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The Reader in al-JāḥiẓThe Epistolary Rhetoric of an Arabic Prose Master$
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Thomas Hefter

Print publication date: 2014

Print ISBN-13: 9780748692743

Published to Edinburgh Scholarship Online: January 2015

DOI: 10.3366/edinburgh/9780748692743.001.0001

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Passive Addressee and Critical Reader in the Abū al-ʿĀṣ/Ibn al-Tawʾam Debate

Passive Addressee and Critical Reader in the Abū al-ʿĀṣ/Ibn al-Tawʾam Debate

Chapter:
(p.214) 5 Passive Addressee and Critical Reader in the Abū al-ʿĀṣ/Ibn al-Tawʾam Debate
Source:
The Reader in al-Jāḥiẓ
Author(s):

Thomas Hefter

Publisher:
Edinburgh University Press
DOI:10.3366/edinburgh/9780748692743.003.0006

The final chapter looks at an exchange of pseudonymous letters between an advocate of limitless generosity and a proponent of extreme miserliness in a later section of Kitāb al-Bukhalā’. While both letters are clearly parodies of extreme positions with many fallacious arguments, both also contain a number of cogent passages and offer intelligent uses of certain texts in support of their position. The two writers do not address their letters to each other but to an unfortunate addressee whose property, ethical outlook and social aspirations they treat as their own concern rather than his. The reader can hardly help but contrast himself with the helpless addressee as he sorts through the arguments posed from either extreme and this, it is argued, is al-Jāḥiẓ’s way of prompting his audience to sort through the through the contradictory threads of their Arabic and Islamic heritage on the question of generosity and avarice.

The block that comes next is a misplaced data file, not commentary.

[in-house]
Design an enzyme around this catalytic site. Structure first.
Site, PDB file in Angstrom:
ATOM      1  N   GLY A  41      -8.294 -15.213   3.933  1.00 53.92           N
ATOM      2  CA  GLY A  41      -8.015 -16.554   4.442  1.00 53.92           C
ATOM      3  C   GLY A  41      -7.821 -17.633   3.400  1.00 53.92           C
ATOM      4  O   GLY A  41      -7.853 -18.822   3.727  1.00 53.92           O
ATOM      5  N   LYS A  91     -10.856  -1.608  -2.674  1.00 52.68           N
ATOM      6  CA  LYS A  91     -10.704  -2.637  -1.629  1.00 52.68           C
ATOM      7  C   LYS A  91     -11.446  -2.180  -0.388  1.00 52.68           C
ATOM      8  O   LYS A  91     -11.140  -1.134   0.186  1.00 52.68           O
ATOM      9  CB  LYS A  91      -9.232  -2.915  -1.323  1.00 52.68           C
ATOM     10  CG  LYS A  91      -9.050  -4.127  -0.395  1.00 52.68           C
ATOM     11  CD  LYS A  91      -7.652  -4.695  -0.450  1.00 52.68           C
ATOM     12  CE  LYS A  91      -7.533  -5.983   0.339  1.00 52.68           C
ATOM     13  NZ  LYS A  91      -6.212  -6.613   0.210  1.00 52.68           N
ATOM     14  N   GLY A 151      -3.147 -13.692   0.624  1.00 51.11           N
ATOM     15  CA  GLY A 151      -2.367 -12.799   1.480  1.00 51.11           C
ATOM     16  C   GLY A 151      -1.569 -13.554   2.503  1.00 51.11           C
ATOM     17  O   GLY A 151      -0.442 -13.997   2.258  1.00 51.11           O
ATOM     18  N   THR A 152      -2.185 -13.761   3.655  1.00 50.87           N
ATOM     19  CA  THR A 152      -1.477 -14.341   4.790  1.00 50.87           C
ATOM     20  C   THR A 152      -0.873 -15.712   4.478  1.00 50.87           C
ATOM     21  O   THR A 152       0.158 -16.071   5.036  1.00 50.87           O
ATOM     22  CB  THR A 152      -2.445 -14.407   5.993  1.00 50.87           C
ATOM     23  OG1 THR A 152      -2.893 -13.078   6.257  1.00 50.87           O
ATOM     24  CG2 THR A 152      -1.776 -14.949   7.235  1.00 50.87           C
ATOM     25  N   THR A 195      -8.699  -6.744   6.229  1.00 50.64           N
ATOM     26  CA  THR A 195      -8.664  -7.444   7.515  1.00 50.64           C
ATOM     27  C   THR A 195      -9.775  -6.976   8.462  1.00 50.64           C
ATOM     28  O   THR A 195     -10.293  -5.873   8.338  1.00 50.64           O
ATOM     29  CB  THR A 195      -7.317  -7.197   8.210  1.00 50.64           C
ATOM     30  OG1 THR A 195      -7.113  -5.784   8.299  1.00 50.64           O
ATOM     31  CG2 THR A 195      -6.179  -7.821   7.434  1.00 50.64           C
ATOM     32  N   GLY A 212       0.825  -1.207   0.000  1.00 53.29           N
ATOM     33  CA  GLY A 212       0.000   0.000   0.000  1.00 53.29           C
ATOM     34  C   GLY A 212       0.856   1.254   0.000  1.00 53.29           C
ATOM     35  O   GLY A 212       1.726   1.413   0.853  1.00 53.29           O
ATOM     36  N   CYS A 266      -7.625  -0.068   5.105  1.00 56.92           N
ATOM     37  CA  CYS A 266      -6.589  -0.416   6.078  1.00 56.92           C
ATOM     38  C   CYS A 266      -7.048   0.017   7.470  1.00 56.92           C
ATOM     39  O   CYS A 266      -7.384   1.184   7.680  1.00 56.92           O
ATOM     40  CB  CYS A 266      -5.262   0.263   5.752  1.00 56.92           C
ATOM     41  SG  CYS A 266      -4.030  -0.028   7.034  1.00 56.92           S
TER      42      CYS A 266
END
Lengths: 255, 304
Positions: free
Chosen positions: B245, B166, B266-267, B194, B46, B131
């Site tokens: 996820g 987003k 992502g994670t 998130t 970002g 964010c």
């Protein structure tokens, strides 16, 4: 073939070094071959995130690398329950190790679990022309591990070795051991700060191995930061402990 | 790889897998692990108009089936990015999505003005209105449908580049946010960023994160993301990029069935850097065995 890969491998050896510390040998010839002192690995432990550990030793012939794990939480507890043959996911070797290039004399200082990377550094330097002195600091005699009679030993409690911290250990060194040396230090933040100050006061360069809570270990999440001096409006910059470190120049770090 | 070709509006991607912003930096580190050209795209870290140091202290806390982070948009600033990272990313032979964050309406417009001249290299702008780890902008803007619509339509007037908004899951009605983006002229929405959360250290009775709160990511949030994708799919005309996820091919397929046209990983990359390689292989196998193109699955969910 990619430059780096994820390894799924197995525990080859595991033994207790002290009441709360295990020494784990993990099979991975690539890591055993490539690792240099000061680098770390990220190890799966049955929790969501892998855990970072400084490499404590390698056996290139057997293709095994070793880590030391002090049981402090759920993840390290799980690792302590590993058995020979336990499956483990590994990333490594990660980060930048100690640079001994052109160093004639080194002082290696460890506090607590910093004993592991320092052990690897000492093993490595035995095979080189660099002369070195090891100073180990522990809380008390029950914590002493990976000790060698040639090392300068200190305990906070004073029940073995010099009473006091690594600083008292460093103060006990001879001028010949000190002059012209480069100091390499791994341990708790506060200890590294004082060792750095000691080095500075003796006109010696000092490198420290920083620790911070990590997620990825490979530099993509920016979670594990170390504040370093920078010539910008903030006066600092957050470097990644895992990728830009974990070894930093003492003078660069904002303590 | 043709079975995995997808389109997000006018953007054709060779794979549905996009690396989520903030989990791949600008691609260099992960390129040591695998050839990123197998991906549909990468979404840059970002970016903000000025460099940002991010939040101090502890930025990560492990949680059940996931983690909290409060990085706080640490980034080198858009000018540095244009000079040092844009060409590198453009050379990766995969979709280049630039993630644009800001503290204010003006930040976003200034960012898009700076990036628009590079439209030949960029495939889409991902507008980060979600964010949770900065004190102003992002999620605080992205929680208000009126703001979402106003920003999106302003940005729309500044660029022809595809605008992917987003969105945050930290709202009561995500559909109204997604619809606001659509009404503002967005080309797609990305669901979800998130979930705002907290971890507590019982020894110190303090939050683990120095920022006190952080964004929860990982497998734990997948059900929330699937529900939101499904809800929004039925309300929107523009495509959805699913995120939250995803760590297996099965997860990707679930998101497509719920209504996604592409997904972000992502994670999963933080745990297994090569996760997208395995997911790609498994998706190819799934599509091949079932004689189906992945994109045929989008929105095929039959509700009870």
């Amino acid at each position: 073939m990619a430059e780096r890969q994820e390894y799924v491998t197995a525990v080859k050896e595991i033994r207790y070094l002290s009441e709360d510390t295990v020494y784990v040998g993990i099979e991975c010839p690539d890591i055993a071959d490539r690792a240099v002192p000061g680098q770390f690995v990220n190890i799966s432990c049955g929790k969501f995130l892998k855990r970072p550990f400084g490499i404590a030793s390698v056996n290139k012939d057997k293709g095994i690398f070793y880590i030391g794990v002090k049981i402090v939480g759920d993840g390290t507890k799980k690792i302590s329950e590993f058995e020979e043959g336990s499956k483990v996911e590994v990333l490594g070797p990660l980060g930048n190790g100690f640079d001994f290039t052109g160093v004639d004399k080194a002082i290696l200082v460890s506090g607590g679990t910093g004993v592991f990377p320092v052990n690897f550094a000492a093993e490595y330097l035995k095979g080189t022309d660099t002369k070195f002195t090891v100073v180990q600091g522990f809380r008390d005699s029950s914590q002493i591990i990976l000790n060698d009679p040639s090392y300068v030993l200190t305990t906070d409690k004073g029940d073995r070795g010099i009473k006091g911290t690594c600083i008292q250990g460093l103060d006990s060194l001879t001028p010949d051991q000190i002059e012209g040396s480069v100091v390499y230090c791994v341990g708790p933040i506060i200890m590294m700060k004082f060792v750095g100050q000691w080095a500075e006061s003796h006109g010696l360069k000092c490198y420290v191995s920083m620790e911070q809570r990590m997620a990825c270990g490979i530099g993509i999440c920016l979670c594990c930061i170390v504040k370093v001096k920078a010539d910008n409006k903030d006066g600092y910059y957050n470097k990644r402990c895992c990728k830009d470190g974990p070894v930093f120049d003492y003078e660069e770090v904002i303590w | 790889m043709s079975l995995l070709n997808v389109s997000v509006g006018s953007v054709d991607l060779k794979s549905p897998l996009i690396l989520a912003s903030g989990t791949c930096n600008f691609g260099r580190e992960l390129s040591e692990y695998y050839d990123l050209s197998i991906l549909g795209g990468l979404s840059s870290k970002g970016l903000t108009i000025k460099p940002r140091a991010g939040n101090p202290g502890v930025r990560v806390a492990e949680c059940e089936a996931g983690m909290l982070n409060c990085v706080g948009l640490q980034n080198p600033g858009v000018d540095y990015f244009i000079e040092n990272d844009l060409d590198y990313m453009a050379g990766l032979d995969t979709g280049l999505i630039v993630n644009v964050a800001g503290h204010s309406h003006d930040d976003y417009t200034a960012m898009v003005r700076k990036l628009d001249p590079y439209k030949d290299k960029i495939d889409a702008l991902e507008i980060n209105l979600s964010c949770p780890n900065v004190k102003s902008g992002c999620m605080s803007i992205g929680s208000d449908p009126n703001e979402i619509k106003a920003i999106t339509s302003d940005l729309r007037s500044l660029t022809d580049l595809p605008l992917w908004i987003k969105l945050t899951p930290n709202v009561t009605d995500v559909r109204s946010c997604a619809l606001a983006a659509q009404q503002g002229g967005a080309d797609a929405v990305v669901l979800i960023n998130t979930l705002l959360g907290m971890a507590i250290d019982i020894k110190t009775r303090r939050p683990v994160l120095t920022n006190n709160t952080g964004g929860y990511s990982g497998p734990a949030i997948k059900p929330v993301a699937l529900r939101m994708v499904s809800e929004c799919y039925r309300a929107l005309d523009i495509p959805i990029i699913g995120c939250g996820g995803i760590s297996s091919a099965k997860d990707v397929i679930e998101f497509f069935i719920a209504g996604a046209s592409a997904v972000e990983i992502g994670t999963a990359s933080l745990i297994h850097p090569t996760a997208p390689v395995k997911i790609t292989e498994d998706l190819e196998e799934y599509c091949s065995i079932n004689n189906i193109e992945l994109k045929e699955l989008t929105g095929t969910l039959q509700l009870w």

Keywords:   Kitāb al-Bukhalā’, Pseudonymity, Miserliness, Generosity, Golden mean

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